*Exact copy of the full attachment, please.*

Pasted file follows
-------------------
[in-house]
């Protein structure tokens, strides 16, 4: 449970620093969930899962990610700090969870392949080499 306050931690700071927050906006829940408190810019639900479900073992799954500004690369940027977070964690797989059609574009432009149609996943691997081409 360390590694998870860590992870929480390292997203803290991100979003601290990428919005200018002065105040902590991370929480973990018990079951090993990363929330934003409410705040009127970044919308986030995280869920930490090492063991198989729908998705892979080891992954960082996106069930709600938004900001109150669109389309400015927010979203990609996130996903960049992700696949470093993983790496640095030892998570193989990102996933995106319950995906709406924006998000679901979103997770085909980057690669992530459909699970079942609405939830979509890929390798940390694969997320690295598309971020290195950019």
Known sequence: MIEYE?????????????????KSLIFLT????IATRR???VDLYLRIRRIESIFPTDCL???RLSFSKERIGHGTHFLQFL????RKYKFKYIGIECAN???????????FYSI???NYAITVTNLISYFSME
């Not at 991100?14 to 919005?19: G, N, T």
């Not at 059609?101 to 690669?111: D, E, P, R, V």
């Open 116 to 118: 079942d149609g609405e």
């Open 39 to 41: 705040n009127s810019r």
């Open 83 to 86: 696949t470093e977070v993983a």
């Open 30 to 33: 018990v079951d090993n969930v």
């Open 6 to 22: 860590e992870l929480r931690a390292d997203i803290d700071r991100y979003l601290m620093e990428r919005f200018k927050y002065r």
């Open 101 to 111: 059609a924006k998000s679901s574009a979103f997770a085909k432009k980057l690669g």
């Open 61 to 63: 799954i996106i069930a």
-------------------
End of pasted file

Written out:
[in-house]
């Protein structure tokens, strides 16, 4: 449970620093969930899962990610700090969870392949080499 306050931690700071927050906006829940408190810019639900479900073992799954500004690369940027977070964690797989059609574009432009149609996943691997081409 360390590694998870860590992870929480390292997203803290991100979003601290990428919005200018002065105040902590991370929480973990018990079951090993990363929330934003409410705040009127970044919308986030995280869920930490090492063991198989729908998705892979080891992954960082996106069930709600938004900001109150669109389309400015927010979203990609996130996903960049992700696949470093993983790496640095030892998570193989990102996933995106319950995906709406924006998000679901979103997770085909980057690669992530459909699970079942609405939830979509890929390798940390694969997320690295598309971020290195950019």
Known sequence: MIEYE?????????????????KSLIFLT????IATRR???VDLYLRIRRIESIFPTDCL???RLSFSKERIGHGTHFLQFL????RKYKFKYIGIECAN???????????FYSI???NYAITVTNLISYFSME
């Not at 991100?14 to 919005?19: G, N, T």
């Not at 059609?101 to 690669?111: D, E, P, R, V």
């Open 116 to 118: 079942d149609g609405e």
């Open 39 to 41: 705040n009127s810019r």
């Open 83 to 86: 696949t470093e977070v993983a």
């Open 30 to 33: 018990v079951d090993n969930v």
């Open 6 to 22: 860590e992870l929480r931690a390292d997203i803290d700071r991100y979003l601290m620093e990428r919005f200018k927050y002065r």
């Open 101 to 111: 059609a924006k998000s679901s574009a979103f997770a085909k432009k980057l690669g």
């Open 61 to 63: 799954i996106i069930a």